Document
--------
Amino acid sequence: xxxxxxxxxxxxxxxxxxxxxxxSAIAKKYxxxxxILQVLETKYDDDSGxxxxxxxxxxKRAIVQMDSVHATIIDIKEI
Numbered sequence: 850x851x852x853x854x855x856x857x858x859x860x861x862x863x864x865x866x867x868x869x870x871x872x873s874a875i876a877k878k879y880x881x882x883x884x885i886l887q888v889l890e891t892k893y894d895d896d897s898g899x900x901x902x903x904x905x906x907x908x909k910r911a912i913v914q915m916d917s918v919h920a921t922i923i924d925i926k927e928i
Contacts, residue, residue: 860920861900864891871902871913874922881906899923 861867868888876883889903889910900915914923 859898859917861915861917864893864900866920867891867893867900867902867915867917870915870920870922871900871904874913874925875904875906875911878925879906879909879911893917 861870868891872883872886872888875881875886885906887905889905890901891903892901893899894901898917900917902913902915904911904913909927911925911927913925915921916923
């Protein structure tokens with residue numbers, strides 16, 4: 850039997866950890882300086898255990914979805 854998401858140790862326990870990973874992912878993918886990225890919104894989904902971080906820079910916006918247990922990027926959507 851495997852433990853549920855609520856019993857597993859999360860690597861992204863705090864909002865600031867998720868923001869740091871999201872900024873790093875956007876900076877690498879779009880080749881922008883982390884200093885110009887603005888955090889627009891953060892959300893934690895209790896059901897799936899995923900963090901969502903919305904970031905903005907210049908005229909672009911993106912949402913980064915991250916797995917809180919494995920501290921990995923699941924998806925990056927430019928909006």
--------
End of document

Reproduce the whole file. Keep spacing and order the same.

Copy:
Amino acid sequence: xxxxxxxxxxxxxxxxxxxxxxxSAIAKKYxxxxxILQVLETKYDDDSGxxxxxxxxxxKRAIVQMDSVHATIIDIKEI
Numbered sequence: 850x851x852x853x854x855x856x857x858x859x860x861x862x863x864x865x866x867x868x869x870x871x872x873s874a875i876a877k878k879y880x881x882x883x884x885i886l887q888v889l890e891t892k893y894d895d896d897s898g899x900x901x902x903x904x905x906x907x908x909k910r911a912i913v914q915m916d917s918v919h920a921t922i923i924d925i926k927e928i
Contacts, residue, residue: 860920861900864891871902871913874922881906899923 861867868888876883889903889910900915914923 859898859917861915861917864893864900866920867891867893867900867902867915867917870915870920870922871900871904874913874925875904875906875911878925879906879909879911893917 861870868891872883872886872888875881875886885906887905889905890901891903892901893899894901898917900917902913902915904911904913909927911925911927913925915921916923
């Protein structure tokens with residue numbers, strides 16, 4: 850039997866950890882300086898255990914979805 854998401858140790862326990870990973874992912878993918886990225890919104894989904902971080906820079910916006918247990922990027926959507 851495997852433990853549920855609520856019993857597993859999360860690597861992204863705090864909002865600031867998720868923001869740091871999201872900024873790093875956007876900076877690498879779009880080749881922008883982390884200093885110009887603005888955090889627009891953060892959300893934690895209790896059901897799936899995923900963090901969502903919305904970031905903005907210049908005229909672009911993106912949402913980064915991250916797995917809180919494995920501290921990995923699941924998806925990056927430019928909006």